Deputy Inspector General of Police Edward Mbugua’s fate has ignited succession battles in the National Police Service (NPS).
Mbugua attained his retirement age of 60 years in July, and the President together with the National Police Service Commission (NPSC) have remained quiet for close to three months since, on the matter, raising concerns on the next plans.
According to a report by a local daily, a failed meeting expected to have taken place yesterday has saved five senior police officers from being ousted from the National Police Service (NPS).
For instance, it has been established that the five senior officers who were to be ousted included a former police provincial chief, an officer in the police legal department, a senior officer in the Human Resource department, a former police college commandant and a former head at the vigilance house.
According to the amendment laws passed in 2016 by Members of Parliament (MPs), the President was accorded the powers to pick the Head of police, commonly termed as the police chief.
Following Deputy Inspector General Mbugua’s retirement, the president was expected to appoint a replacement within 14 days with the recommendation of the National Police Service Commission.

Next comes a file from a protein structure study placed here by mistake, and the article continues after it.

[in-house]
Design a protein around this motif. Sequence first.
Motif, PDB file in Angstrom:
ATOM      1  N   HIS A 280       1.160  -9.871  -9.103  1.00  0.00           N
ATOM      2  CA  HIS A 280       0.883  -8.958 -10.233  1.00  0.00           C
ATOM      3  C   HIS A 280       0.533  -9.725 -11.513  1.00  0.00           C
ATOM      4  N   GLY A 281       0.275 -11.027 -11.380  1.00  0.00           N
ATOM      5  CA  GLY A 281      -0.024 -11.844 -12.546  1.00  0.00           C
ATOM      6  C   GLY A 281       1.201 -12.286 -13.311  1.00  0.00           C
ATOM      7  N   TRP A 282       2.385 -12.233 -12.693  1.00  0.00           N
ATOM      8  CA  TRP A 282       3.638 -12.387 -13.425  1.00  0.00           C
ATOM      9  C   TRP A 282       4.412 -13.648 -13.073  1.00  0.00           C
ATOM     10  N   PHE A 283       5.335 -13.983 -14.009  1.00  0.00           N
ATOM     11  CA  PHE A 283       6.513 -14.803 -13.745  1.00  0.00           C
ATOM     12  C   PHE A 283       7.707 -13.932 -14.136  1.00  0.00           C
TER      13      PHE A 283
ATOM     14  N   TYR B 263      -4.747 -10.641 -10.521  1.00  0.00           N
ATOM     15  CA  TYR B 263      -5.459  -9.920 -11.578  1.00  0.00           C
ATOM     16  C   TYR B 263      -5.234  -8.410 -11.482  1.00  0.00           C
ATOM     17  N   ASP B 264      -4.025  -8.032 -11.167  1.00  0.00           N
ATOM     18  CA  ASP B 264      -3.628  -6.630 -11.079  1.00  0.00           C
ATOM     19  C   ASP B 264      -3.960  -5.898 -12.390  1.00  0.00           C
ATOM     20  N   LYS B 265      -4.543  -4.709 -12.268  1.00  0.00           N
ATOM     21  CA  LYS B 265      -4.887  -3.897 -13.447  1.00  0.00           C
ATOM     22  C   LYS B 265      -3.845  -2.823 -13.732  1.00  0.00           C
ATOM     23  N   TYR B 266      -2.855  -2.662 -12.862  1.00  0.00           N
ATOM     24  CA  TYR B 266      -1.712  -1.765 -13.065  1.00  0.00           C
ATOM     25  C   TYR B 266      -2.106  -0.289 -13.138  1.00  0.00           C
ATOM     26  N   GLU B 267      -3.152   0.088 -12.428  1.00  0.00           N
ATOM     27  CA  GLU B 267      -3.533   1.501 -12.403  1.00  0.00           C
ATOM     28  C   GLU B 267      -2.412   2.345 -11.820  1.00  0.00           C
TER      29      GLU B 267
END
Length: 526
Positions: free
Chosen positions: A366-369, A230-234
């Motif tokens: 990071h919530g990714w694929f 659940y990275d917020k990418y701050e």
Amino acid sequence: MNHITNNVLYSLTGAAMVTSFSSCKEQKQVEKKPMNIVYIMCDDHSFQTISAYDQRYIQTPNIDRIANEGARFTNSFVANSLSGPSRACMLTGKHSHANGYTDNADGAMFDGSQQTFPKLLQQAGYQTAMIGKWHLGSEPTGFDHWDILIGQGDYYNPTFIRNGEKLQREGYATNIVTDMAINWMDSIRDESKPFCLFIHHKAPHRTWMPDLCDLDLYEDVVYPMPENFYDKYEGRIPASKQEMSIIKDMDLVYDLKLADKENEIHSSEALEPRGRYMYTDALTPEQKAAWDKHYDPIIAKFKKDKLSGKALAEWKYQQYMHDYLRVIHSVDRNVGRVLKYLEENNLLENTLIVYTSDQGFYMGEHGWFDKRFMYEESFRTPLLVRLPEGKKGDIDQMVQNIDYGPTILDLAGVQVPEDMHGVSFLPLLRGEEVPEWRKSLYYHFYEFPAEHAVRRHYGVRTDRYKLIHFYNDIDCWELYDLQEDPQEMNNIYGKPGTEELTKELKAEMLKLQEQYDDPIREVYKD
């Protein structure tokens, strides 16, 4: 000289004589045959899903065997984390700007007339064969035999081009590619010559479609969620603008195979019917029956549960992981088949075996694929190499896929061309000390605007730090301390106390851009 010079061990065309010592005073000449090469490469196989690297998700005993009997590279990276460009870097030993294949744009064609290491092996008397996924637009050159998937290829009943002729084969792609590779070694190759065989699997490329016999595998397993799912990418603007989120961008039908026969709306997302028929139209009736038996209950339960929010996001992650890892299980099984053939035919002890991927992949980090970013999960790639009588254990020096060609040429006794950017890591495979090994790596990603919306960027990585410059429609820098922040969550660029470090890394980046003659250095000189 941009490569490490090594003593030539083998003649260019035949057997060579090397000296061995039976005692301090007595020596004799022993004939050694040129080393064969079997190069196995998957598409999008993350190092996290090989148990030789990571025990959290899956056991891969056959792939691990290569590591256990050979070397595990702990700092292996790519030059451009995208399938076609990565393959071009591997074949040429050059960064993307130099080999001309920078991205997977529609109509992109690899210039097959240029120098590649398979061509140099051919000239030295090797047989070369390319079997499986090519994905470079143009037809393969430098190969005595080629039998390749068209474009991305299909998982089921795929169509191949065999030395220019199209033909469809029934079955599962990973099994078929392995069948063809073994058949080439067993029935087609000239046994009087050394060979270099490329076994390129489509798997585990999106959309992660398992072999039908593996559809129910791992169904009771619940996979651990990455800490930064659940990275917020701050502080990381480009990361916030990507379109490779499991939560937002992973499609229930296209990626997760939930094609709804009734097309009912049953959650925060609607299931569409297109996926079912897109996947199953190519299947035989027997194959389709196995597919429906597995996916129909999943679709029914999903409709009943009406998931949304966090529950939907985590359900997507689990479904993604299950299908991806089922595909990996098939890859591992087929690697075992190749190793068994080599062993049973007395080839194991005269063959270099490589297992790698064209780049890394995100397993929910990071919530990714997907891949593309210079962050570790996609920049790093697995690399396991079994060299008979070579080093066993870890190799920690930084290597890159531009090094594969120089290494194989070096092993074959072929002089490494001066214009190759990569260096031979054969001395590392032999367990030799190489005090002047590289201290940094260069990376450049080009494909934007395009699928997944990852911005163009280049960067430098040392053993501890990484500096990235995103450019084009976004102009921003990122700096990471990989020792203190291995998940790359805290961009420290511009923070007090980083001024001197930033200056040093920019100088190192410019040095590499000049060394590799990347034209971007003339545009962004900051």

Additionally, it has been discovered that the move to amend the laws have reduced the powers of the NPSC, with senior officers in the police service eyeing the seat using all manner of theatrics to get to the top seat.
Nation stated that there were instances of senior police officers using bloggers to tarnish the names of their competitors eyeing the top seat by writing defamatory articles about them.
Ideally, alleged night meetings have been orchestrated by senior officers and top politicians in a bid to help them succeed in attaining the Deputy Inspector General seat.
In another account of events, Inspector General of Police Hillary Mutyambai has also been swirled into the succession wrangles, such that he has been accused of drafting a list of senior police officers that he wants transferred.
However, through a phone interview with a local daily, the Inspector General denied the claims stating that he had nothing to do with it adding that he was not involved in influencing the succession of Deputy Inspector Mbugua.
“I am not in the picture,” said Mutyambai on phone.